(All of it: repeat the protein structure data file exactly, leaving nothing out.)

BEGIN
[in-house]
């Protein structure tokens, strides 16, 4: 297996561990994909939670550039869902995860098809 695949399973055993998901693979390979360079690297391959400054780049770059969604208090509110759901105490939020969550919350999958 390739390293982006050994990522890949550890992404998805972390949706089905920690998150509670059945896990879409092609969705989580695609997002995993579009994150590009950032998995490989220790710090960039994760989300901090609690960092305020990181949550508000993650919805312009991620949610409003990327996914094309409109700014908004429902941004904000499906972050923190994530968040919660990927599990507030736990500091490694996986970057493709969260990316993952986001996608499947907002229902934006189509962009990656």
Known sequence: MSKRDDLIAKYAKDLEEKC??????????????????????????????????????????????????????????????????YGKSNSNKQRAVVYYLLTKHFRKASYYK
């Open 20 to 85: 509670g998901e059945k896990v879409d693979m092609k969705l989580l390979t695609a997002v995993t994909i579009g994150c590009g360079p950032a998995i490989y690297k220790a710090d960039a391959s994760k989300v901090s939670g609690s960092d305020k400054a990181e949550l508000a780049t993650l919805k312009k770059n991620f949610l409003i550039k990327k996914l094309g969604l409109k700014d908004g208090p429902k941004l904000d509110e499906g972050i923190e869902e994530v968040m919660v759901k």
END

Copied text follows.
[in-house]
């Protein structure tokens, strides 16, 4: 297996561990994909939670550039869902995860098809 695949399973055993998901693979390979360079690297391959400054780049770059969604208090509110759901105490939020969550919350999958 390739390293982006050994990522890949550890992404998805972390949706089905920690998150509670059945896990879409092609969705989580695609997002995993579009994150590009950032998995490989220790710090960039994760989300901090609690960092305020990181949550508000993650919805312009991620949610409003990327996914094309409109700014908004429902941004904000499906972050923190994530968040919660990927599990507030736990500091490694996986970057493709969260990316993952986001996608499947907002229902934006189509962009990656």
Known sequence: MSKRDDLIAKYAKDLEEKC??????????????????????????????????????????????????????????????????YGKSNSNKQRAVVYYLLTKHFRKASYYK
């Open 20 to 85: 509670g998901e059945k896990v879409d693979m092609k969705l989580l390979t695609a997002v995993t994909i579009g994150c590009g360079p950032a998995i490989y690297k220790a710090d960039a391959s994760k989300v901090s939670g609690s960092d305020k400054a990181e949550l508000a780049t993650l919805k312009k770059n991620f949610l409003i550039k990327k996914l094309g969604l409109k700014d908004g208090p429902k941004l904000d509110e499906g972050i923190e869902e994530v968040m919660v759901k």